Italy is opening a humanitarian corridor for refugees from Eritrea, South Sudan and Somalia with the support of Caritas. An agreement with the Italian government was signed last week.
The women, men and children will come from refugee camps in Ethiopia. Once in Italy, Caritas will help the refugees through the project “Protetto. Rifugiato a casa mia” (Protected: a refugee in my home) which is in its third year of helping house refugees with members of local communities in Italy.
Oliverio Forti, head of Caritas Italy’s migration office, says, “The humanitarian corridor is an opportunity for people who are living in very bad conditions in Ethiopian refugee camps.
Through this mechanism they will arrive to Italy in a safe and legal way. We believe this is the only way to fight against traffickers and to avoid people dying during their migrant journey.” The project will focus on helping refugees find a home, providing Italian lessons and providing job opportunities for better integration into Italian society. Caritas will work alongside the Sant’Egidio charity in welcoming the refugees and helping them find their way in Italian society.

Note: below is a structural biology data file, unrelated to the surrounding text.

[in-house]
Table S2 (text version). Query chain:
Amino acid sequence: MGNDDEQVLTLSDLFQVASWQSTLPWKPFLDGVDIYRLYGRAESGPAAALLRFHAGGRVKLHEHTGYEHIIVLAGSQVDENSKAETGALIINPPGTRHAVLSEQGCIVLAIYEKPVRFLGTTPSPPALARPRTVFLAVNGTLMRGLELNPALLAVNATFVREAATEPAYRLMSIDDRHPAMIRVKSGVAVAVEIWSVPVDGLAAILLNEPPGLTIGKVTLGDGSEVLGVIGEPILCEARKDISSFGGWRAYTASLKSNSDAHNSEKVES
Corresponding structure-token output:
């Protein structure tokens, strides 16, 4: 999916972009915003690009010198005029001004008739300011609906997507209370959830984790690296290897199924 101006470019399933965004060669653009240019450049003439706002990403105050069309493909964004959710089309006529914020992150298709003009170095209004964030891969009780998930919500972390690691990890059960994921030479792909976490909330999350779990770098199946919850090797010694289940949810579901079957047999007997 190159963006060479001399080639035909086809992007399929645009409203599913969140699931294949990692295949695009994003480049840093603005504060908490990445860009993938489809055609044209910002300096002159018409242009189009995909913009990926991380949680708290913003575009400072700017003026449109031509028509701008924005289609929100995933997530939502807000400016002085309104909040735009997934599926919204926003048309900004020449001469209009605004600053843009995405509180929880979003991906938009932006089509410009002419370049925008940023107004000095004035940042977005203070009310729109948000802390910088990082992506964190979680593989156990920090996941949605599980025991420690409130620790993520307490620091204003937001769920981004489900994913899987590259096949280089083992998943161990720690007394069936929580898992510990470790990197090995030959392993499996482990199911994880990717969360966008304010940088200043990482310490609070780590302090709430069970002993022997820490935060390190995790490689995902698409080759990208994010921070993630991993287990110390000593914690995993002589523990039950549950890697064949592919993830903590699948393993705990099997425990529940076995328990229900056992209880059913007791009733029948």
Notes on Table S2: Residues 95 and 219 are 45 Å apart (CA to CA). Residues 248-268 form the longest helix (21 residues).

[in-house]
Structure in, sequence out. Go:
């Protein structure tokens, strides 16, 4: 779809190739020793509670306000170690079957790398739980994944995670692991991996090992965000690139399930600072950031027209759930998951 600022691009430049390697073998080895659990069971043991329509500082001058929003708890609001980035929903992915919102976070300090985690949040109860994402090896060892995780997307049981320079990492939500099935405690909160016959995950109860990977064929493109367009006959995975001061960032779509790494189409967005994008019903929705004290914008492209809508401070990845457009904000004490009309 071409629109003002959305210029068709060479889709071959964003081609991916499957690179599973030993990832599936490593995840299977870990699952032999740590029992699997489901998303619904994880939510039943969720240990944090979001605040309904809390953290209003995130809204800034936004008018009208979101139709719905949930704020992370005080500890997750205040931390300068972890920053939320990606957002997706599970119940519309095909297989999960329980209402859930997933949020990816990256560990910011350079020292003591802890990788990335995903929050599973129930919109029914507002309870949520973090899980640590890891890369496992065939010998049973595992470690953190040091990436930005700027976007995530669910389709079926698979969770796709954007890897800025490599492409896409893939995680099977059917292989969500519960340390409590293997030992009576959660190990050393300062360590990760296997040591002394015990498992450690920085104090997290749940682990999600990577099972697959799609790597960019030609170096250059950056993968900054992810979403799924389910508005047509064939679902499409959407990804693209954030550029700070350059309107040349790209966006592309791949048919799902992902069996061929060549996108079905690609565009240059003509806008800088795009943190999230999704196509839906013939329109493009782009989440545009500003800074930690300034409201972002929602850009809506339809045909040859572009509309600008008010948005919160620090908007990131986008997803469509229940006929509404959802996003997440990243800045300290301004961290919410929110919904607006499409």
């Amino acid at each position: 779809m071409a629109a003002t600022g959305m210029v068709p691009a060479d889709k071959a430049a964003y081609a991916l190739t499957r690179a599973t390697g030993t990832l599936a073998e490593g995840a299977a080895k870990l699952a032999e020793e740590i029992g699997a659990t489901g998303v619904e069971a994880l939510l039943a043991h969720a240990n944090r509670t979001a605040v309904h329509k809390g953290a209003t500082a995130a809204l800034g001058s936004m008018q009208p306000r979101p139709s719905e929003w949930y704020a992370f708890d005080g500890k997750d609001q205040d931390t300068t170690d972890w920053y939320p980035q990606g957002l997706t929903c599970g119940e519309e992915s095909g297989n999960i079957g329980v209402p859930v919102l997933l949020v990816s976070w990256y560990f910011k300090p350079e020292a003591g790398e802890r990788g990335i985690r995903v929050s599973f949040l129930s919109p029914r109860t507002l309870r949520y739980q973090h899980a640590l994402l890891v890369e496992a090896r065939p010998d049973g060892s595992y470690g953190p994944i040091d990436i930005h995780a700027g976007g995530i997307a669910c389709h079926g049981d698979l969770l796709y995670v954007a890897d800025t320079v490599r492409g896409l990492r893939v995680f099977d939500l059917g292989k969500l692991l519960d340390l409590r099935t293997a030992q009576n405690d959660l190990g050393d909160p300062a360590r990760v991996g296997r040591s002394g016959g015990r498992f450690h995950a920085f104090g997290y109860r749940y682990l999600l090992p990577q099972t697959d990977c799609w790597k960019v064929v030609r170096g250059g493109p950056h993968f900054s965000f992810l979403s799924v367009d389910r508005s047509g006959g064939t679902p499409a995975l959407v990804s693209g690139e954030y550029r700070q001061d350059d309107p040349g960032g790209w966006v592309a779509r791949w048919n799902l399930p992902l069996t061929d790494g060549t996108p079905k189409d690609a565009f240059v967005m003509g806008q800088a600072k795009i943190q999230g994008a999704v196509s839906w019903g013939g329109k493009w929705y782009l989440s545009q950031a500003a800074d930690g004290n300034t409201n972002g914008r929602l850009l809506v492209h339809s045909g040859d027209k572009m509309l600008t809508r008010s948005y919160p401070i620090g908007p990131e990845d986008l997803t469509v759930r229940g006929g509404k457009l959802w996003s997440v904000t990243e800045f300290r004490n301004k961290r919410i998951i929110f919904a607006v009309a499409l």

Over 6000 people died trying to cross the Mediterranean in 2016, according to the International Organization for Migration. Refugees and migrants are at high risk of falling into the hands of criminal networks as they try to cross the Mediterranean. They not only pack them onto over-crowded and unsafe boats, demanding large amounts of money for the trip to Europe, but they also sometimes continue to exploit migrants once they are in Europe.
The UN’s refugee agency (UNHCR) says that Ethiopia is home to over 740,000 refugees. This is thought to be the country holding the largest number of refugees in Africa. The refugees chosen for the humanitarian corridor will be those who are particularly vulnerable due to health or other circumstances. The refugees will be chosen with the support of UNHCR.
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